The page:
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Melanoma Study Proves Good as Gold

CancerWise - April 2009

When extremely small particles of gold called hollow nanospheres are combined with a specific type of peptide (an amino acid compound), they can target melanoma cells and penetrate them deeply. This makes the tumor easier to destroy with near-infrared laser treatment.

"Active targeting of nanoparticles to tumors is the holy grail of therapeutic nanotechnology for cancer. We're getting closer to that goal," says Chun Li, Ph.D., the study’s senior author and professor in M. D. Anderson's Department of Experimental Diagnostic Imaging.

The research, which included laboratory and mouse studies, was published in the Feb. 1 issue of Clinical Cancer Research.

Significance of study

"There are many biological barriers to the effective use of nanoparticles, including the possibility of damage to the liver and spleen," Li says.

But this method of targeting concentrates nanoparticles near the blood vessels leading to the tumor. Less light is needed to treat the tumor, decreasing the potential for damage to surrounding tissue.

Gold was used in the study because it:

  • Absorbs visible and near-infrared light
  • Has a history of safe medical use

Background

This study is the first to look at treating tumors by combining targeted gold nanospheres and photothermal ablation, a minimally invasive treatment that uses heat generated through absorption of light to destroy target tissue. Tumors are burned with near-infrared light, which penetrates deeper into tissue than visible or ultraviolet light.

Photothermal ablation previously has been explored for melanoma, but because it also affects healthy tissue, dose duration and volume have been limited.

Research methods

The researchers packaged hollow, spherical gold nanospheres with a peptide that binds to the melanocortin type 1 receptor, which is overly abundant in melanoma cells.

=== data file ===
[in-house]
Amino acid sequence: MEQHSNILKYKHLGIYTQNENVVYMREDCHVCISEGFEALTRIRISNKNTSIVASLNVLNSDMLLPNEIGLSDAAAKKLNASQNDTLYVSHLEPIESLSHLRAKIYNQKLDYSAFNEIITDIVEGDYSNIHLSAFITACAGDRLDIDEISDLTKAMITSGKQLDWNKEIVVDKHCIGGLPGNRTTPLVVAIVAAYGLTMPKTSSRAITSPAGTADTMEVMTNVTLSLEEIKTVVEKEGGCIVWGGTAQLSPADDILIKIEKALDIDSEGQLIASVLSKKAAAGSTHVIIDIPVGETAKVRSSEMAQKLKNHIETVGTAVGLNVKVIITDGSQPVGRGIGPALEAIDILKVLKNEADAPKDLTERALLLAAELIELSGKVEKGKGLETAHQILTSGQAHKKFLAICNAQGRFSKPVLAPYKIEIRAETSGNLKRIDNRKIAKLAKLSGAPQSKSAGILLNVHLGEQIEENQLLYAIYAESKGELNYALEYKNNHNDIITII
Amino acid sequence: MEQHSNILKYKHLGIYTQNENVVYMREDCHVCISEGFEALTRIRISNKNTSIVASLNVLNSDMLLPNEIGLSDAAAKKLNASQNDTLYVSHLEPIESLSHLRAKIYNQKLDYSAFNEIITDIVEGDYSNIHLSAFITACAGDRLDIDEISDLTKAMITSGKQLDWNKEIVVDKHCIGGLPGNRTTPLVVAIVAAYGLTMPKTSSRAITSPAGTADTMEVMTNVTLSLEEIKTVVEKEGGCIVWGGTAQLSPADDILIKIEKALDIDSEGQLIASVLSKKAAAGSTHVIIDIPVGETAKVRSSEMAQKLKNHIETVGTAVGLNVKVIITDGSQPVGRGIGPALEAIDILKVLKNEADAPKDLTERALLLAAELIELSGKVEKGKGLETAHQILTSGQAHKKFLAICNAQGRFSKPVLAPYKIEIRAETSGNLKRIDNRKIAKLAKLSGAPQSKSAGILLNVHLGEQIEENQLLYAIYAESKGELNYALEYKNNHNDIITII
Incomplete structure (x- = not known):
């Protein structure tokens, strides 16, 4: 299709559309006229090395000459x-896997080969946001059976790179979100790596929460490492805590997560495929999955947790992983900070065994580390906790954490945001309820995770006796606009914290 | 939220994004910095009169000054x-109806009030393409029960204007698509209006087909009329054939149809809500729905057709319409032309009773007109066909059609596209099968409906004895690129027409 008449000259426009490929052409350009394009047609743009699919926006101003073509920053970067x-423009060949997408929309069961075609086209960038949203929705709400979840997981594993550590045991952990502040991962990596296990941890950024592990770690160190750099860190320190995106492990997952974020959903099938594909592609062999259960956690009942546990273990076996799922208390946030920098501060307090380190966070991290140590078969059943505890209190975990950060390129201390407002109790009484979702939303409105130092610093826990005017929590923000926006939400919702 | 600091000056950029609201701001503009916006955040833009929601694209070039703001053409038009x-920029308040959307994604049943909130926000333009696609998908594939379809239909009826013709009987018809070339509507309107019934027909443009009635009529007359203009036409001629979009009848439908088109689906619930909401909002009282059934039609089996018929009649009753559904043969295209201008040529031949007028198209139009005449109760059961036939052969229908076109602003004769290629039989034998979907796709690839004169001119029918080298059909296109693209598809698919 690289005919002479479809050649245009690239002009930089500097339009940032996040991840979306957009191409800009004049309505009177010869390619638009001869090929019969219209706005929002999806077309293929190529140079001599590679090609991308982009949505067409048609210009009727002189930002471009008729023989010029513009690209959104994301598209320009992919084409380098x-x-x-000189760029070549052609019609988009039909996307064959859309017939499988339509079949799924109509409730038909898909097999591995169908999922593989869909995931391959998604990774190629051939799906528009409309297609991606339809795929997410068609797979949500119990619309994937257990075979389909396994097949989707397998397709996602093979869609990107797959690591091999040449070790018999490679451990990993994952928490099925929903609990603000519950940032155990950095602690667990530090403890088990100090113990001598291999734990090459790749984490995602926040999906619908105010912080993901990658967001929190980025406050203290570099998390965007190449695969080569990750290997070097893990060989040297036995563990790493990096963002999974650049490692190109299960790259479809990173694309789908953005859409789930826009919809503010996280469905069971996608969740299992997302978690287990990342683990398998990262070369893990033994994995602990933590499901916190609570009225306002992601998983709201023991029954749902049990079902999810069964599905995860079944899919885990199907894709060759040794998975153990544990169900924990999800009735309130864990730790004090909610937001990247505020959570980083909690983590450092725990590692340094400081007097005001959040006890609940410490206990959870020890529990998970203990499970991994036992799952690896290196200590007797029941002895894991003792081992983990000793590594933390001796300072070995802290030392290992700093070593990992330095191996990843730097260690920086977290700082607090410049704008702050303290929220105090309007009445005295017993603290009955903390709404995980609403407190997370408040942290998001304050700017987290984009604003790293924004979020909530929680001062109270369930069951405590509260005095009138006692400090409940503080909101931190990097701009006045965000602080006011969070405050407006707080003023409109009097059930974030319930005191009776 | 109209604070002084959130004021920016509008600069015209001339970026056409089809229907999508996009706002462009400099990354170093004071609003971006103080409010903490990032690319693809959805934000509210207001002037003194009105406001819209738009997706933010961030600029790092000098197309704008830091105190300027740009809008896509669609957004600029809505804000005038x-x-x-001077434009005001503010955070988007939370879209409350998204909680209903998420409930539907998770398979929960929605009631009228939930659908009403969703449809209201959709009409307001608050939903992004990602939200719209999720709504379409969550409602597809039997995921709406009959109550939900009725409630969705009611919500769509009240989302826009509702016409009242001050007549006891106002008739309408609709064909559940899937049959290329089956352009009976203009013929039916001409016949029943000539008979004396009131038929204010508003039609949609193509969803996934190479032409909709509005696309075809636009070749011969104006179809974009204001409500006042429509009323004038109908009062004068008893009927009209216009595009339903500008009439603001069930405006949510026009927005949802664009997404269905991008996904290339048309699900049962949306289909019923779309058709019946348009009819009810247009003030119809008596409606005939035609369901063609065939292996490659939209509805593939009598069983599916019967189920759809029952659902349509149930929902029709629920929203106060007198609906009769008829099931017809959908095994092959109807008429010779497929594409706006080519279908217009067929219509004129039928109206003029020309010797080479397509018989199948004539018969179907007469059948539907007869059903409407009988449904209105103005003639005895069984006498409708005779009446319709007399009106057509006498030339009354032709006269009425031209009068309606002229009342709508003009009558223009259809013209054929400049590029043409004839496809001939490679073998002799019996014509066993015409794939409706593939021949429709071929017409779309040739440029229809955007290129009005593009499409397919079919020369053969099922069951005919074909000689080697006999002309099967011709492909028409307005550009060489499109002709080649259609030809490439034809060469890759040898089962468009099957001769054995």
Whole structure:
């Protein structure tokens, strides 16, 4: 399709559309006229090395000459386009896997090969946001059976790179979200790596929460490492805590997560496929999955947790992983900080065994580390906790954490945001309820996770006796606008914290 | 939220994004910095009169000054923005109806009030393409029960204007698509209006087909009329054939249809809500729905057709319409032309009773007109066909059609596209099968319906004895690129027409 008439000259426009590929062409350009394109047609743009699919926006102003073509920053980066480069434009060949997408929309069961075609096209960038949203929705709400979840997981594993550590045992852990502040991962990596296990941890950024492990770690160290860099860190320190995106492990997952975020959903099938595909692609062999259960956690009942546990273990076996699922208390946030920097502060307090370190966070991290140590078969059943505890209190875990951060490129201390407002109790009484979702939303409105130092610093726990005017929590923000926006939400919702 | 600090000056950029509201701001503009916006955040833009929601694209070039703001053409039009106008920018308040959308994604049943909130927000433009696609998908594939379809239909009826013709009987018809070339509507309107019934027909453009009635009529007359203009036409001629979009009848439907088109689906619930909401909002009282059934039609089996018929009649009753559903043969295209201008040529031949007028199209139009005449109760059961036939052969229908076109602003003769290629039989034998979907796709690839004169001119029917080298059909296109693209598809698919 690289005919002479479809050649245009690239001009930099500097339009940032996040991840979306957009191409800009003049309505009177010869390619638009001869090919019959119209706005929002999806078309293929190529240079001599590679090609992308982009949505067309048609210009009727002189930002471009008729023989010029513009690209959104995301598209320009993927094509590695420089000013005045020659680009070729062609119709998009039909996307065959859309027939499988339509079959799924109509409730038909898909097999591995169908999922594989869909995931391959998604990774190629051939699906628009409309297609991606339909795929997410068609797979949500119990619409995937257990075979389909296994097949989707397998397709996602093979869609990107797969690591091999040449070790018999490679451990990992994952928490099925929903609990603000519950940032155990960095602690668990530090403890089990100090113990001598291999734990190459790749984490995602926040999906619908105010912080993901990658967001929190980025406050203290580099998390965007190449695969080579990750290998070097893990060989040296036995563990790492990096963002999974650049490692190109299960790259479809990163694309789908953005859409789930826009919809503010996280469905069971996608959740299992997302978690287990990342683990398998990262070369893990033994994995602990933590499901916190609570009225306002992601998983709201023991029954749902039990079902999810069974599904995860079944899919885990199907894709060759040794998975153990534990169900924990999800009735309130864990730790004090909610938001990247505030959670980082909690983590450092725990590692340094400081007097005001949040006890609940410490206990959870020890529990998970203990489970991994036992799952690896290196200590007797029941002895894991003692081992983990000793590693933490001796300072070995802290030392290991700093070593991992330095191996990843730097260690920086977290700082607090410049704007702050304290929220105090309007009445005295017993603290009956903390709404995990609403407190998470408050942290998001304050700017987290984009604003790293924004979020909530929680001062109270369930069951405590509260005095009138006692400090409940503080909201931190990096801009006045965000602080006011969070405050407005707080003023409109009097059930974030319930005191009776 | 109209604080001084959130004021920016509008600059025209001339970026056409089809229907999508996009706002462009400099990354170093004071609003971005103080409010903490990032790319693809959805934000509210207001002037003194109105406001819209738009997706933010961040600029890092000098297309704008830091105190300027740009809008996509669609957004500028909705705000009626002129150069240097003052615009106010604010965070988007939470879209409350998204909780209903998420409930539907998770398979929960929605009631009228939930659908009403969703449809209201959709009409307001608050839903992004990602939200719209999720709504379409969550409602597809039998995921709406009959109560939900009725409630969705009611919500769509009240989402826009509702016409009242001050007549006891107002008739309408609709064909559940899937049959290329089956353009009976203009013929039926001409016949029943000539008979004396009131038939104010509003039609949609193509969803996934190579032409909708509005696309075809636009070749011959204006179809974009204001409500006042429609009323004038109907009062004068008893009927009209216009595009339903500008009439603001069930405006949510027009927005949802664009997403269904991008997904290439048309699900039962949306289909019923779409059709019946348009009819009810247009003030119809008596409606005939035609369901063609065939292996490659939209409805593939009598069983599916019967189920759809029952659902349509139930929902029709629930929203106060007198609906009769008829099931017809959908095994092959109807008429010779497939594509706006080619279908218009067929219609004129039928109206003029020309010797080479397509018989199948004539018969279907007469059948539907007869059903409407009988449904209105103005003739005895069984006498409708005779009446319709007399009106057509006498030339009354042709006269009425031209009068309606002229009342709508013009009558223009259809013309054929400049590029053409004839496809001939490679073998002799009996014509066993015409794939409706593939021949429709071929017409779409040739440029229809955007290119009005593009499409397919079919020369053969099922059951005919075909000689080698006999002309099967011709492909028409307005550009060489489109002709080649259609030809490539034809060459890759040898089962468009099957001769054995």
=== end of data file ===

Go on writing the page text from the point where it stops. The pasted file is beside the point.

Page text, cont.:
They first treated melanoma cells in culture. Then, they injected targeted and untargeted nanospheres into mice with melanoma and applied near-infrared light.

Primary results

In cellular studies:

Targeted nanospheres penetrated and embedded in melanoma cells. All the cells were killed or irreparably damaged by near-infrared light.

Non-targeted nanospheres did not penetrate and embed in melanoma cells. Few cells were killed or damaged.

In mouse studies:

Targeted nanospheres gathered in tumors and were distributed throughout them. Smaller amounts were found in the liver and spleen. Compared to melanomas treated with non-targeted nanospheres, they were:

  • Damaged eight times more by heat
  • Destroyed with an 88% lower laser dose

Untargeted nanospheres gathered mainly in the spleen, then in the liver and then the tumor. Those in the tumor accumulated near the tumor's blood vessels.

Additional results

In another group of mice, near-infrared light beamed into tumors destroyed:

  • 66% of tumors treated with targeted nanospheres
  • 8% of tumors treated with untargeted nanospheres

What’s next?

"Clinical implications of this approach are not limited to melanoma," Li says. "It's also a proof of principle that receptors common to other cancers can be targeted by peptide-guided hollow gold nanospheres."

— Adapted by Dawn Dorsey from and M. D. Anderson news release

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© 2014 The University of Texas MD Anderson Cancer Center